He had me hooked in the introduction:
“This book is more than a rags-to-riches tale. It’s a story about making something out of nothing*, about merging your abilities with your ambitions, and about what you learn when you look at the world through a lens of infinite possibility. Plain hard work is good and important, but it is ideas that drive us, as individuals, companies, nations, and a global community. Creativity is what makes us unique, inspired, and fulfilled.”

*Making something out of nothing is what artists, composers, choreographers, and writers do all the time!

Creativity and wellness message for today: Read this book, be exhilarated, let me know what you think.

Creative Ideas: Inquire Within

Marc Chagall

Marc Chagall

I first discovered the painter, European modernist  Marc Chagall (1887 – 1985) when I was a wide-eyed, feisty young art student at Syracuse University. Chagall was a multi-faceted artist working in paint and stained glass, producing windows for the cathedrals of Rheims and Metz, windows for the UN, and the Jerusalem Windows in Israel. Chagall also created large-scale paintings, including part of the ceiling of the Paris Opéra. I also am a multi-faceted artist. His work showed me it was okay to explore in many different mediums.

In college, it was a printmaking professor, a substitute teacher for one day, who introduced me to Chagall’s paintings. Instead of instructing us on the techniques of intaglio or etching, my teacher told us to keep a dream journal – a log of our nighttime dreams. When asked why, she answered, “Marc Chagall used his dreams for subject matter.” I’ve been writing down my dreams ever since. Not only have I written them down, they’ve integrated themselves into my art, and I’ve relied on their wisdom to guide my waking life.

Years later, as a still feisty, veteran artist, I know art and dreams are cut from a similar fabric. They both involve surrender, trust, and insight.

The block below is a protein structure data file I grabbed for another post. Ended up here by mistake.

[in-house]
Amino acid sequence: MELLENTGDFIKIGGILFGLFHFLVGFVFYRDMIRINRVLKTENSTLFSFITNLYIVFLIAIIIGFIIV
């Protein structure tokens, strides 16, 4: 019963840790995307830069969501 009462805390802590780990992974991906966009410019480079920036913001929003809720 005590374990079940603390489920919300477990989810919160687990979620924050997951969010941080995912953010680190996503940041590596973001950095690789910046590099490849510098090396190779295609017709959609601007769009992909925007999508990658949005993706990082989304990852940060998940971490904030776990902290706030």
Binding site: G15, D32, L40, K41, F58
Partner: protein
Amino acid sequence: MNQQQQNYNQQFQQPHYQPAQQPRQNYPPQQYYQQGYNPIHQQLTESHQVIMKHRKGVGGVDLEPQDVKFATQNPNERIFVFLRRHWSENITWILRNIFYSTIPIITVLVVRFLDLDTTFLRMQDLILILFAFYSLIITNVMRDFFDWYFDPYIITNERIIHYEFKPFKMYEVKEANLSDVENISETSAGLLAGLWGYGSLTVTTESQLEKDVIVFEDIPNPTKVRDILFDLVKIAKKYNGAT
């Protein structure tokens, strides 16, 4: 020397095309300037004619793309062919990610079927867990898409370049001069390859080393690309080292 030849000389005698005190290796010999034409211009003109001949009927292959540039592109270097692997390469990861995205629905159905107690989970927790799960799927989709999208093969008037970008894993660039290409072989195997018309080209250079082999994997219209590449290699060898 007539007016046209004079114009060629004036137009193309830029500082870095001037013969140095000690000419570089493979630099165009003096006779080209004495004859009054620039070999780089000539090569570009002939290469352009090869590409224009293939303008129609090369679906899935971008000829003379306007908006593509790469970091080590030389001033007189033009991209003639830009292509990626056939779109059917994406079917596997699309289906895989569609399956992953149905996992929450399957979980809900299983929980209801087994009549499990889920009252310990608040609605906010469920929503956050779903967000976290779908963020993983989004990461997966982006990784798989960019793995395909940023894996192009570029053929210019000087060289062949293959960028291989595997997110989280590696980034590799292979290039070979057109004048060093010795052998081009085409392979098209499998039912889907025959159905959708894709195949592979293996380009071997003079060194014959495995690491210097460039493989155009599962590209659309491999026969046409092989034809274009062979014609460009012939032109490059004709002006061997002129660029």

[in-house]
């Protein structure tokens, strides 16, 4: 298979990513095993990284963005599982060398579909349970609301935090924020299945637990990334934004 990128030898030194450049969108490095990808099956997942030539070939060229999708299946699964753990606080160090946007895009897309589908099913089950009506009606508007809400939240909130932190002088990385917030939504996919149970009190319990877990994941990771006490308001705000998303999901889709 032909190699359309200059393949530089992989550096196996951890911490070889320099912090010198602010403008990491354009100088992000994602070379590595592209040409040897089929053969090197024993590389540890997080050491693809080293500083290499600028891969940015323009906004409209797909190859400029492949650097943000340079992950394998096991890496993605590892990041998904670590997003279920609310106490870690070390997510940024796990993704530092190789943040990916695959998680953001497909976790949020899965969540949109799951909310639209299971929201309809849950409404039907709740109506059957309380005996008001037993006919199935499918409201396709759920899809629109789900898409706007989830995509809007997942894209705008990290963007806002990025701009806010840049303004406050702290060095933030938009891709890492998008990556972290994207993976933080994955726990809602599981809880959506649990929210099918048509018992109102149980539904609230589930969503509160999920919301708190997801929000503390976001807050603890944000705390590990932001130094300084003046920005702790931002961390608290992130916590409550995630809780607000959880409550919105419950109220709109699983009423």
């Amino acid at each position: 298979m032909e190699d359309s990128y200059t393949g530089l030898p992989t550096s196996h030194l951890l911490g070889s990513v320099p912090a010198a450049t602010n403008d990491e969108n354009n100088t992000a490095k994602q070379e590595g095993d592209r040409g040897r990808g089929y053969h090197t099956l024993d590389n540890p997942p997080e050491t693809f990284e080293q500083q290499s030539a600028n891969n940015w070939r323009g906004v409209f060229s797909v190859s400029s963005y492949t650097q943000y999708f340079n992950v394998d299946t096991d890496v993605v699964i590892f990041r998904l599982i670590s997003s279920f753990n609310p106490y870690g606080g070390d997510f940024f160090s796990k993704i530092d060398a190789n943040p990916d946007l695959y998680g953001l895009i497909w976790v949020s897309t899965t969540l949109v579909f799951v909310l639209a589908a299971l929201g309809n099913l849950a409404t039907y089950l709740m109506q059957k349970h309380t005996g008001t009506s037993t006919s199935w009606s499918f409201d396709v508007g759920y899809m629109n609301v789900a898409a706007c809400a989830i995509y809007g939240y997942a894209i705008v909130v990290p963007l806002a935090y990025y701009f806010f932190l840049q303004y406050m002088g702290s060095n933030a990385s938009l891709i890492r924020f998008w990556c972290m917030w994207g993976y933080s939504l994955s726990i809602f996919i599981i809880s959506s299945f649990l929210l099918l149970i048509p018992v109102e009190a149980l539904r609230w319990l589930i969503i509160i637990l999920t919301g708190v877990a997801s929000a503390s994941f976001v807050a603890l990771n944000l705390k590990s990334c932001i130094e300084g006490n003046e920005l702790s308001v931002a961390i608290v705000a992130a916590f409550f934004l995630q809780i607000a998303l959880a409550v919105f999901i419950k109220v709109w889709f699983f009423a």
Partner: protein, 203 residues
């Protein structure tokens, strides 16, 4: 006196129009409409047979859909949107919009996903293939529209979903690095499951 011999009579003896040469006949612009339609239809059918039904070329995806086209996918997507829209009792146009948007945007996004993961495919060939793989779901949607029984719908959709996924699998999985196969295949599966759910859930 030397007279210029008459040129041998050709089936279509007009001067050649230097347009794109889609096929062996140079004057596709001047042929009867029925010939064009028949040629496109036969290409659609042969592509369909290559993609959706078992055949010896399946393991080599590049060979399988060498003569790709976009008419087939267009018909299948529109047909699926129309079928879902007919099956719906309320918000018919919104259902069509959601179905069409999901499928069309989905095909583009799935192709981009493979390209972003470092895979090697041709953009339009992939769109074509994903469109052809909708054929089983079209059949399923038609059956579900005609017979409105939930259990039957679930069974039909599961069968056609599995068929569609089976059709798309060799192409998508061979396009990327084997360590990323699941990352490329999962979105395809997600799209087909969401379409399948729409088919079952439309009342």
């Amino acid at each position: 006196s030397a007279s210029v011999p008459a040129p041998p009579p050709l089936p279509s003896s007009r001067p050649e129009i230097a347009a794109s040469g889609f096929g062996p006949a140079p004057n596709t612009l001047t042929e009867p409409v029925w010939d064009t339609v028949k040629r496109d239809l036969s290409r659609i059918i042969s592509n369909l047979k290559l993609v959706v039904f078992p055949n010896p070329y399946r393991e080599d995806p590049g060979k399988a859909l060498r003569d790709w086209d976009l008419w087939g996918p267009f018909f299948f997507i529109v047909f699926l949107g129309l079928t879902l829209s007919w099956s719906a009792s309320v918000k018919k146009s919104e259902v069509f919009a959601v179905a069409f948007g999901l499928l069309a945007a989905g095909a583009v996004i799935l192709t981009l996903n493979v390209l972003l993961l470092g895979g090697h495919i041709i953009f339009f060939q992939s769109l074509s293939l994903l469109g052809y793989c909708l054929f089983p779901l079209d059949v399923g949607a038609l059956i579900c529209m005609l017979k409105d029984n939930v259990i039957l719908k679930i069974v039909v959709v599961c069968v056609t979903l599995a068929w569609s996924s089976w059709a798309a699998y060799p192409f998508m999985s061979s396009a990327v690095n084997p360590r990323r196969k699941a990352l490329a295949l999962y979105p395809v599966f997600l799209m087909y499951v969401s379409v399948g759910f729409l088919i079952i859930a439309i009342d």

“Art seems to me to be a state of soul more than anything else.”
-Marc Chagall

Creativity and wellness message for today: Find your own intersection of art and dreams.

Six Ways to Retinker Your Work

TEDxTinker (n): A person who can make all kinds of minor repairs.
Retinker (v): To make minor but highly effective repairs.

Yesterday, I spent my balmy Saturday morning, voluntarily tucked into a basement room with 100 other happy people. The Westport Library, held a TEDX event. TEDx is like the baby sister of the TED programs. TED (Technology, Entertainment, Design) is a global set of conferences, under the slogan “ideas worth spreading”. TEDx is all that, but on a smaller community level.

The official title of the program was,  “Retinkering Libraries.” Eight presenters kept everyone in the palms of their hands. My take-aways however went far beyond the world of libraries. Artists, writers, teachers, entrepreneurs, consultants, non-profits, for-profits, everyone can learn to retinker themselves. In this age of extreme make-overs and radical career changes considering the power of retinkering is very freeing.

Six Ways to Retinker Your Work:
1.) Try stuff
I learned about some very cool emerging technology, Aurasma, from New Canaan high school librarian, Michelle Luhtala. I’m intrigued to see what I might do with it, both with promoting my own creative work and on my day job.

2.) Ownership of arranging space
Architect, Henry Myerberg, founder of HMA2, taught us that visibility + flexibility + density = ideal learning spaces. Consider making your work space more flexible, see where that leads you.

3.) Come up with the worst idea
When brainstorming about new possibilities, Jeanine Esposito of Spark! Consulting, encouraged us to come up with the worst idea then find two things about the “bad” idea that are good. Now that sounds promising!

4.) Read and be read to
The Director of the Yale University Press, John Donatich, didn’t have a PowerPoint presentation. Nor did his talk didn’t come by video. He read out loud to us. As he read his speech I was lulled into the comfort of being a child and full of wonder.

5.) Surprise and delight your customers
Marketing guru, Joseph Jaffe, reminded us that “Attention is a gift and a privilege, earn it every day.” With the fusion between communication, marketing and technology this reinforces my own motto: If I don’t have something to say, I don’t say/post/tweet/ it.

6.) Reconnect with your original vision
Founder of Yahoo Tech, David Pogue, reminded us about the “too many cooks spoiling the soup” syndrome. One person with vision can make great things. Stay true to yours, if it’s dimmed discover what needs tweaking or changing.

Creativity and wellness message for today: Discover the power of retinkering.